CBC-TV advertising revenue has plummeted 19 percent in six months and that the network is considering programming cuts, according to Blacklock's Reporter.
Advertising revenue between March 30 and September 30 declined from $91 million to $73.8 million. According to CBC, the drop was due to a general decline in advertising revenue accrued by television networks during the pandemic.
Despite the drop in advertising revenue, the CBC still continues to source most of their revenue from the government, which spends $1.3 billion on the broadcaster annually.
"We have implemented a financial contingency plan that includes reducing operating expenses, significantly postponing capital expenditures and managing programming expenses to offset expected revenue losses," wrote CBC CEO Catherine Tait in a financial statement.
"The duration and severity of the pandemic may adversely impact the ability of the corporation to meet all of its programming obligations," Tait's report continued. "It is anticipated the effects of COVID-19 will persist into fiscal year 2021-2022 including continued economic pressures and programming disruptions."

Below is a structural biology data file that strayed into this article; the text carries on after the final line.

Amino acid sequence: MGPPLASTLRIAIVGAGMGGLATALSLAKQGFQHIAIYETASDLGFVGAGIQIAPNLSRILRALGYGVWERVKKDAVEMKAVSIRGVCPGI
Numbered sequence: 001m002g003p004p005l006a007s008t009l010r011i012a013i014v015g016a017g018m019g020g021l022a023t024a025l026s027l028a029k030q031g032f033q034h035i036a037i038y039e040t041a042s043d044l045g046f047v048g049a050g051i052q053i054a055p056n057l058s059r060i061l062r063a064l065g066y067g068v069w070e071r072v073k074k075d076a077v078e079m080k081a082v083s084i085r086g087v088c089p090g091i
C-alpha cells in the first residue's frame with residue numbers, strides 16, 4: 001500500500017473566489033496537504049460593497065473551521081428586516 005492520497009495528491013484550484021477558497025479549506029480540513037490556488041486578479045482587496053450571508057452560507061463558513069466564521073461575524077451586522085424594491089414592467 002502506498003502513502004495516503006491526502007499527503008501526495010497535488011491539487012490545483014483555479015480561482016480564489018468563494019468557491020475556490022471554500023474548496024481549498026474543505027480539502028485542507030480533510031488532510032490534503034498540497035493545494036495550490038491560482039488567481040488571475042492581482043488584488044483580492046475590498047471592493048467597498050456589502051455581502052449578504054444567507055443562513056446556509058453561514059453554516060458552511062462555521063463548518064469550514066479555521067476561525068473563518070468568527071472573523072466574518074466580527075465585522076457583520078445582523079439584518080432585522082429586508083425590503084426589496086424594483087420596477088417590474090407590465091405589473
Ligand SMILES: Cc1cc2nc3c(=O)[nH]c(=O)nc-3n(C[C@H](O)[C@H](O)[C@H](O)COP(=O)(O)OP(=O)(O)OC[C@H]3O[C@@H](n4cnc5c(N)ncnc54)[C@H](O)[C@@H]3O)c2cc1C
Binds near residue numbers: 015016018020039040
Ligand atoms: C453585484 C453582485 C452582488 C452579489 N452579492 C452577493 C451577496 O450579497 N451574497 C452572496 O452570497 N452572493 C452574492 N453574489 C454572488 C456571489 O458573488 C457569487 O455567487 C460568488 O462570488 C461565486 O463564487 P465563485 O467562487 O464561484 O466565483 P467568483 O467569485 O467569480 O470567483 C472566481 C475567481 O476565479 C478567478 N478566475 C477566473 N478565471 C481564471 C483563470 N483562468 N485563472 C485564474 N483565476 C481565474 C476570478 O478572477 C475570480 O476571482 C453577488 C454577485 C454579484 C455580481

Tait defended CBC's funding before the Commons Heritage Committee in 2019, insisting without evidence that CBC is Canada's most trusted news outlet. "At a time when disinformation is undermining trust in our institutions and democracy, we remain Canadians’ most trusted source of news and information," she argued.
Tait compared CBC's role in news broadcasting to the role similar public broadcasters play in other countries, stating "when I meet with other public broadcasters in Paris or London or by telephone with Australia, we are all facing the same challenge which is how to protect and defend or citizenry from this unbelievable tsunami of disinformation."
Tait further described CBC as a "beacon of truth."
When asked if government funding is essential to CBC by a Liberal MP, Tait responded by saying "yes it is essential." She did not explain why Canada's "most trusted source of news" could not survive on its own.